As veteran political reporter Ross Ramsey wrote earlier this week in the Texas Tribune, the pundits had it wrong. This was not a battle between a moderate and a conservative, a la Mourdock and Lugar, but a fight between the establishment and a newcomer who in all likelihood, according to U.S. Senator John Cornyn of Texas, would both vote the same way in the Senate. In ads, Cruz had called Dewhurst a moderate and a “big spending, tax raising” politician, but the lieutenant governor had further proof of his conservative stripes in the form of an endorsement and campaign trail help from Gov. Perry.
Perry, who climbed on the Tea Party train early, not only gave his support to Dewhurst, but also some of his political infrastructure, including consultant Dave Carney. The governor “is now the big loser,” wrote Paul Burka, longtime political analyst at Texas Monthly. “I think his political career may be over.” The counting of the votes had not yet been completed when Republican Texas Land Commissioner Jerry Patterson announced he would run for lieutenant governor in 2014 whether Dewhurst, who retains the powerful post, runs or not. The party solidarity that had helped bring Republicans to power in Texas has cracked.
“Texas Republicans dominate their state as thoroughly and completely as any party in the nation,” Cal Jillson, political scientist at Southern Methodist University says. “Republicans hold all 29 state wide elective offices and two-to-one majorities over the Democrats in the congressional delegation and both houses of the state legislature.” But Jillson adds there is something “surreal” about the Republican dominance. “The Republicans are essentially an Anglo party in a state in which the Anglo share of the population is shrinking and in which minorities already constitute a majority.”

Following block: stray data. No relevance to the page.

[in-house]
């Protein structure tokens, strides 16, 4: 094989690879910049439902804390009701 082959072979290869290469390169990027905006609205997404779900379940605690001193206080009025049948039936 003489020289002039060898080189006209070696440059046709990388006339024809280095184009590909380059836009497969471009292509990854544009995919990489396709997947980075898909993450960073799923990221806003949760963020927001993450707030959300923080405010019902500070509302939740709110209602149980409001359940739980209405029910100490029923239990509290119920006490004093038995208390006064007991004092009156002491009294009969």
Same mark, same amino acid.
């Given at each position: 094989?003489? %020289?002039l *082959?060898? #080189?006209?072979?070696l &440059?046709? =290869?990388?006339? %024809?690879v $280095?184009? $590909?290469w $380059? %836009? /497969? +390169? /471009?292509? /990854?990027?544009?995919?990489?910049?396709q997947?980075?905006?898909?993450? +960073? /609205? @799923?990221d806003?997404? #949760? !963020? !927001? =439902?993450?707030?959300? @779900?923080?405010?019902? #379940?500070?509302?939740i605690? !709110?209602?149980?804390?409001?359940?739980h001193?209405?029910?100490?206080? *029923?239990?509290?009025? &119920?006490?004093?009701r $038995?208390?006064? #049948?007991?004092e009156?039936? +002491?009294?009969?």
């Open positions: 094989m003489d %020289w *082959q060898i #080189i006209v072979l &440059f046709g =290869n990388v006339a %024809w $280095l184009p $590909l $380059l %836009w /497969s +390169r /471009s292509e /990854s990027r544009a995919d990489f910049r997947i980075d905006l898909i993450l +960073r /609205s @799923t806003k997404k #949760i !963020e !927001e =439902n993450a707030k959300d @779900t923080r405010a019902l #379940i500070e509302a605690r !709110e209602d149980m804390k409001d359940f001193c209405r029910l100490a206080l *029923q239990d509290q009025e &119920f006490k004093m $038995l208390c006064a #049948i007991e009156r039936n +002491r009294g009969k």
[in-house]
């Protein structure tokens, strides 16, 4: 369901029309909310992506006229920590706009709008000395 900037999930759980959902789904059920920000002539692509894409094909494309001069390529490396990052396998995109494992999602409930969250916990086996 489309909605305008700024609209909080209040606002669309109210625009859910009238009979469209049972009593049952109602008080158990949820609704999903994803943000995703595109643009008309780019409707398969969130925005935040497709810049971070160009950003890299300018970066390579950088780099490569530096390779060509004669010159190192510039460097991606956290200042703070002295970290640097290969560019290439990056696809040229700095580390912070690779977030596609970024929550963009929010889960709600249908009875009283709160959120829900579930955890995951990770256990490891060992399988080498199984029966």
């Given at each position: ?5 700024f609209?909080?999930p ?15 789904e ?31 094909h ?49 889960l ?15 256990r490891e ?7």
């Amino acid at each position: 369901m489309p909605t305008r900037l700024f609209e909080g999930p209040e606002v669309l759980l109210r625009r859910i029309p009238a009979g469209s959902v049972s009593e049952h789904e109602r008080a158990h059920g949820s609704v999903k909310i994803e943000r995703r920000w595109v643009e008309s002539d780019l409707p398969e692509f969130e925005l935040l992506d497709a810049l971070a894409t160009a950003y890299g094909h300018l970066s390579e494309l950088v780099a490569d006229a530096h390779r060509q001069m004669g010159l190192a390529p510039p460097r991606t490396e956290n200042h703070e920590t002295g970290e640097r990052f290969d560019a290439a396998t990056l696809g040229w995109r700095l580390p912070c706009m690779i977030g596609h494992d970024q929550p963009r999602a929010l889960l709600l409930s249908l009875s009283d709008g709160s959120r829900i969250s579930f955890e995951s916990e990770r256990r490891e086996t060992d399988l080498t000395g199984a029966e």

Cruz has been cast as another Marco Rubio. Like the Florida senator, he is Cuban-American, a conservative with great communication skills, young – just 41 – and an effective campaigner. Like Rubio, it has been suggested he could be a potential draw to Hispanic voters, a notion that has yet to be tested, given the fact that the vast majority of Hispanics in Texas vote for Democrats. But among his early supporters was a young man intent on bringing Hispanic voters into the GOP fold — George P. Bush, grandson to the elder former President, nephew to the younger, and co-founder of Hispanic Republicans of Texas. Bush’s backing of Cruz is evidence, Burka says, that “he has inherited good political antennae” and that he has fast-tracked his own statewide political ambitions.
Cruz’s victory came on a day when the Democrats announced another up and coming Texas Hispanic star, San Antonio Mayor Julian Castro, will be a keynote speaker at their national convention. So far, in Texas, neither party has produced a winning statewide top-of-the ticket Hispanic. However, given the current Republican dominance in Texas, Cruz’s victory is likely to lead to the GOP reaching that point first this fall. Meanwhile, the Lone Star GOP Establishment is cracking.